Everyone is biased: you, me, your teachers, your parents, even your kids – everyone. Despite all of our differences as human beings, as Liz Kleinrock puts it, “bias is our common denominator.” The question is: So what are you going to do about it?
Liz is an anti-bias and anti-racist educator for both children and adults. Through her curriculum, social media, and upcoming book, Liz’s mission is to teach us how we can recognize our biases as adults, approach tough conversations with an open mind, and start giving kids more credit than we usually do.
In this episode we explore:
- 1:37 – Expanding classroom conversations: How Liz first brought anti-bias education to her own curriculum
- 6:03 – Why we should stop underestimating kids & making decisions for what concerns them
- 7:39 – How to open up the conversation with students or your own children (Ask these two questions!)
- 9:35 – Everyone is biased: Reflecting on where our own biases & where kids’ biases come from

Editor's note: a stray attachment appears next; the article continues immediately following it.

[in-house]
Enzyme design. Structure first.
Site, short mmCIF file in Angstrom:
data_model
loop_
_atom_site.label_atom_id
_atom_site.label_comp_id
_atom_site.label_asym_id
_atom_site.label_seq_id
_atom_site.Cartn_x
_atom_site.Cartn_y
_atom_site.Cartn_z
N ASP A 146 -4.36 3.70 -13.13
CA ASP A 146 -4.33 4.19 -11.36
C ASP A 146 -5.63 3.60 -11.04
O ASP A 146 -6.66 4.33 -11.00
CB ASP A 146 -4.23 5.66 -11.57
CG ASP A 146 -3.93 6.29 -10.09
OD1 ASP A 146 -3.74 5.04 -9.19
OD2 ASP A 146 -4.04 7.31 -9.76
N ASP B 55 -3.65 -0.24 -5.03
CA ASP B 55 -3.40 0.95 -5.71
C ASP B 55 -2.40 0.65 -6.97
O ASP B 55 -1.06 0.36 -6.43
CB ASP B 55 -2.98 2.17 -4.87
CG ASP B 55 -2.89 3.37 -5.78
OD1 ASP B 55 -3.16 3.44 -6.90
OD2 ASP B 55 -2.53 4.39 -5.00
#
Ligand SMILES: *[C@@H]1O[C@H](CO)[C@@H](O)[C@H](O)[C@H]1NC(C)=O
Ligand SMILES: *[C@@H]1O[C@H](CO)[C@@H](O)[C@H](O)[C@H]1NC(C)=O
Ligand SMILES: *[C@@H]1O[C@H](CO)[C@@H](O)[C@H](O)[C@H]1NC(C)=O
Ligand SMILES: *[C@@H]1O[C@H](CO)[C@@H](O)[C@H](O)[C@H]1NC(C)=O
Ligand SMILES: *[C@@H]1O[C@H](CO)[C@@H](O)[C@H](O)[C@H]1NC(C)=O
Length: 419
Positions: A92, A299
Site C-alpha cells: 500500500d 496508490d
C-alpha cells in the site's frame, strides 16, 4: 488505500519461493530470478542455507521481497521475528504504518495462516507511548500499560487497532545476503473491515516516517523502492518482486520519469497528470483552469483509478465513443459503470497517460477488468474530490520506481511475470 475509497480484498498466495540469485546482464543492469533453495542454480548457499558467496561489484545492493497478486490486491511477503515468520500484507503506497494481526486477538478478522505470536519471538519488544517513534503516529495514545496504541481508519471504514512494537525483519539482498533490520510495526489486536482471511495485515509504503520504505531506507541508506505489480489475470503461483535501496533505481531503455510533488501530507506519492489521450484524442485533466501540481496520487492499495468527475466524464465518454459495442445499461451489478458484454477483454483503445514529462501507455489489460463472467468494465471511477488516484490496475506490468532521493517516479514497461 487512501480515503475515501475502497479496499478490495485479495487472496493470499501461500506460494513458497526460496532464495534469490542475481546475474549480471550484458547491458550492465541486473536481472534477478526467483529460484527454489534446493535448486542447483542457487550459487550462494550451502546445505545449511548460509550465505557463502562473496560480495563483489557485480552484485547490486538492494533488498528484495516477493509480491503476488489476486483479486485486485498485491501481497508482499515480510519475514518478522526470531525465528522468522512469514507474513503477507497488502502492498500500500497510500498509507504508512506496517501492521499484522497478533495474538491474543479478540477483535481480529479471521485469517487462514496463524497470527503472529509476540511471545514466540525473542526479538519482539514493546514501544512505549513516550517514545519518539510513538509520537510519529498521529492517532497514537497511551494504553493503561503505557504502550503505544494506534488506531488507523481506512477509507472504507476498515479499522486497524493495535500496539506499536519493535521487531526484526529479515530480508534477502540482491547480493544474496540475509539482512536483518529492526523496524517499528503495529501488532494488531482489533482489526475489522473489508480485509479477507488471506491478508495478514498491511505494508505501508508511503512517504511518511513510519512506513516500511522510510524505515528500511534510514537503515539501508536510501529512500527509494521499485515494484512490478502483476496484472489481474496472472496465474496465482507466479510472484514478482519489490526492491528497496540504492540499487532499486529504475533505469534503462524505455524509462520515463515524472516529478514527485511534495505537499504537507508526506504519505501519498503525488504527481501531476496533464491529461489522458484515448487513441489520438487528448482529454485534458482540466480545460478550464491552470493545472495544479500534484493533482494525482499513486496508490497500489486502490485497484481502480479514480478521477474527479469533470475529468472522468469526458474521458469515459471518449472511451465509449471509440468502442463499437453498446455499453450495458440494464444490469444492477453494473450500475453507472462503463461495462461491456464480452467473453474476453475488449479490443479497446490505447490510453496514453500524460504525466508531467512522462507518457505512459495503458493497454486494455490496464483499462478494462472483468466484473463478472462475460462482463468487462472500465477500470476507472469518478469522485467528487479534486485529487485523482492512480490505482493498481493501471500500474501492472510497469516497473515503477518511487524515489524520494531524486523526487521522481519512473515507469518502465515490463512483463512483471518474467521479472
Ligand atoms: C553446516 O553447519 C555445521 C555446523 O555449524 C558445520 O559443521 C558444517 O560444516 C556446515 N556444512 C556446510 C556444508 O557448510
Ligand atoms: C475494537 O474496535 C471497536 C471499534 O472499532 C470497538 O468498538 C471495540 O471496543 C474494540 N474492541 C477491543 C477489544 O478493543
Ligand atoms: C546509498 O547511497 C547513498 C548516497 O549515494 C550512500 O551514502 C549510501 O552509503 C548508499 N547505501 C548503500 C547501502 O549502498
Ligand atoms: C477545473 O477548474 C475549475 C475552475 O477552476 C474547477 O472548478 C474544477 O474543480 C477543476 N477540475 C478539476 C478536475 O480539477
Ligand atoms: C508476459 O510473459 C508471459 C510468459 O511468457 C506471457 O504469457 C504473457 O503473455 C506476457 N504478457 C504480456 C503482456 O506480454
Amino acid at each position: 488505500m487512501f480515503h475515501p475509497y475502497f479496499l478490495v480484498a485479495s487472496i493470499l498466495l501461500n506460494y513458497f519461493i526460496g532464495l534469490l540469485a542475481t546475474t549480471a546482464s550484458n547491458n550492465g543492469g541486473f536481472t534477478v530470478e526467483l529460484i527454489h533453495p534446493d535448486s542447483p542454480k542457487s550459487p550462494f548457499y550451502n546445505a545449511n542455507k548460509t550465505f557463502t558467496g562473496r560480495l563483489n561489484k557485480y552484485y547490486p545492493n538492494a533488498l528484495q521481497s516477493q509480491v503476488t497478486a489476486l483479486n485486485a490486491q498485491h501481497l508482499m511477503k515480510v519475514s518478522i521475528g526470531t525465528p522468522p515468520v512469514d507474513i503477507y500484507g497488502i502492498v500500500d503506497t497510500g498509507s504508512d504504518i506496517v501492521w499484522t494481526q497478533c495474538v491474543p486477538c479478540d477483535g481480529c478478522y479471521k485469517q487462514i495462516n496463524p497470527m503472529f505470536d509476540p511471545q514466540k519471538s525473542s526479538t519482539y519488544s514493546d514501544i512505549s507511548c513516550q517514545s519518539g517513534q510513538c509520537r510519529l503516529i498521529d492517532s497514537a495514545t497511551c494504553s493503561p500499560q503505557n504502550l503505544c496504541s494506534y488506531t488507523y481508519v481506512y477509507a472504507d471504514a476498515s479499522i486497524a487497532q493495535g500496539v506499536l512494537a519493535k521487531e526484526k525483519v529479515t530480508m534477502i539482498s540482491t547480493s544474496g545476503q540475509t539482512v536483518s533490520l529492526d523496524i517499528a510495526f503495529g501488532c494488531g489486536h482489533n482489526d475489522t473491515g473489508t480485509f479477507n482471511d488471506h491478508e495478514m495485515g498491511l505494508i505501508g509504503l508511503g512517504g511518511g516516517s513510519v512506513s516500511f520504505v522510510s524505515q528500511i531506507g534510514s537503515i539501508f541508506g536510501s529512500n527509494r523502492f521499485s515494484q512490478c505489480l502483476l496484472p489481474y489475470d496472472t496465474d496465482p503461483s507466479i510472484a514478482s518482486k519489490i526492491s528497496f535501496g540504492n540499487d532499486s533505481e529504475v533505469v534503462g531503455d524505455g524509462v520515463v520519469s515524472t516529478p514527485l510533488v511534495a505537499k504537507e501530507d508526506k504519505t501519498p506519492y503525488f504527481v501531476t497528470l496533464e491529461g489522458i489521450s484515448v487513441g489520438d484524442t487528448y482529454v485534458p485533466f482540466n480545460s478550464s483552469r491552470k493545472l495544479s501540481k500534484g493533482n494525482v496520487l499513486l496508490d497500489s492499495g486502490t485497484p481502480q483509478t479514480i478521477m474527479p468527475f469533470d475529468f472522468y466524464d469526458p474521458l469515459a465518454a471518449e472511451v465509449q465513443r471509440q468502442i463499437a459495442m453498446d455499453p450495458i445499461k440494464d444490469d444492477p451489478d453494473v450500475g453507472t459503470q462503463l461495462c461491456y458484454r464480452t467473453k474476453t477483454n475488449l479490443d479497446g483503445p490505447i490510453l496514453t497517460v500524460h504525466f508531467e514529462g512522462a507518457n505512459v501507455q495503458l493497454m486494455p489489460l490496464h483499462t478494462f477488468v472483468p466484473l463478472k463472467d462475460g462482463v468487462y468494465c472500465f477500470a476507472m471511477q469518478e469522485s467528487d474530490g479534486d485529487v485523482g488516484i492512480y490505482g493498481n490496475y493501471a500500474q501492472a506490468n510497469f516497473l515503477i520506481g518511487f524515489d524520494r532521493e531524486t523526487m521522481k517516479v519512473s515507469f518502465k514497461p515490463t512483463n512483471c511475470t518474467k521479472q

- 11:58 – When an elementary student hates Hillary: How Liz teaches critical thinking vs. Telling kids what to think
- 15:36 – Pushback from parents + How Liz helps parents stay involved in their child’s education
- 20:09 – Liz’s upcoming book: The barriers to anti-bias education & how educators can push past them
- 21:51 – Why Liz started sharing her curriculum on Instagram + Connecting with fellow anti-bias educators
- 25:57 – “What happens when we die?”: When kids have questions & you don’t have answers
- 27:37 – Empathy & ‘invisible’ conditions: How to talk to kids about mental health
- 28:27 – Liz’s dream life, book recommendation, life-changing habit, best received advice & favorite part about life
- Liz’s TED Talk: How to teach kids about taboo topics
- The Danger of a Single Story by Chimamanda Ngozi Adichie
- Jacob’s New Dress by Sarah Hoffman & Ian Hoffman
- Tooley at @growingwithmxt
- Ace at @teachingoutsidethebinary
- How to be an Antiracist by Ibram X. Kendi
- 2020 Artist of Life Workbook
- When you make the assumption that kids don’t care about something, you’re making that decision for them.
- Bias is our common denominator.
- I don’t think this work is ever about telling anyone what to think. It’s about developing critical thinking.
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